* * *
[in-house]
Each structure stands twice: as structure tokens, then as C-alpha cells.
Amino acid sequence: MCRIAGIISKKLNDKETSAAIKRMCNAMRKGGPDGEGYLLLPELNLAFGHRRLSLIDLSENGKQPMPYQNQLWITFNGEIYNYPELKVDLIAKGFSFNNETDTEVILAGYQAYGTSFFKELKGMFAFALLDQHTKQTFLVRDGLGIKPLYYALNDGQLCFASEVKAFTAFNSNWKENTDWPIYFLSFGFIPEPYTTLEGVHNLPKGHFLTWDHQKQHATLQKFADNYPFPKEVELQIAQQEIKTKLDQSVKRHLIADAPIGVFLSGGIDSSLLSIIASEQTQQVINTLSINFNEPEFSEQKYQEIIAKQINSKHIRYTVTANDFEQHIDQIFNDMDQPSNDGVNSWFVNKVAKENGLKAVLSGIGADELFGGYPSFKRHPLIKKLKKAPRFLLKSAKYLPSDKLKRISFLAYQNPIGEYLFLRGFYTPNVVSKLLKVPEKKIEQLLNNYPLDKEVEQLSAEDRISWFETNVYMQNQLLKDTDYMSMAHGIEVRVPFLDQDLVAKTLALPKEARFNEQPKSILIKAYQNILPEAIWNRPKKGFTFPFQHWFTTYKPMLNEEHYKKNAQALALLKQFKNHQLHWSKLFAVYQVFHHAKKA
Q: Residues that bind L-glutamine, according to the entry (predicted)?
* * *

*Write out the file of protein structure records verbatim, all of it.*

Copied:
[in-house]
Each structure stands twice: as structure tokens, then as C-alpha cells.
Amino acid sequence: MCRIAGIISKKLNDKETSAAIKRMCNAMRKGGPDGEGYLLLPELNLAFGHRRLSLIDLSENGKQPMPYQNQLWITFNGEIYNYPELKVDLIAKGFSFNNETDTEVILAGYQAYGTSFFKELKGMFAFALLDQHTKQTFLVRDGLGIKPLYYALNDGQLCFASEVKAFTAFNSNWKENTDWPIYFLSFGFIPEPYTTLEGVHNLPKGHFLTWDHQKQHATLQKFADNYPFPKEVELQIAQQEIKTKLDQSVKRHLIADAPIGVFLSGGIDSSLLSIIASEQTQQVINTLSINFNEPEFSEQKYQEIIAKQINSKHIRYTVTANDFEQHIDQIFNDMDQPSNDGVNSWFVNKVAKENGLKAVLSGIGADELFGGYPSFKRHPLIKKLKKAPRFLLKSAKYLPSDKLKRISFLAYQNPIGEYLFLRGFYTPNVVSKLLKVPEKKIEQLLNNYPLDKEVEQLSAEDRISWFETNVYMQNQLLKDTDYMSMAHGIEVRVPFLDQDLVAKTLALPKEARFNEQPKSILIKAYQNILPEAIWNRPKKGFTFPFQHWFTTYKPMLNEEHYKKNAQALALLKQFKNHQLHWSKLFAVYQVFHHAKKA
Q: Residues that bind L-glutamine, according to the entry (predicted)?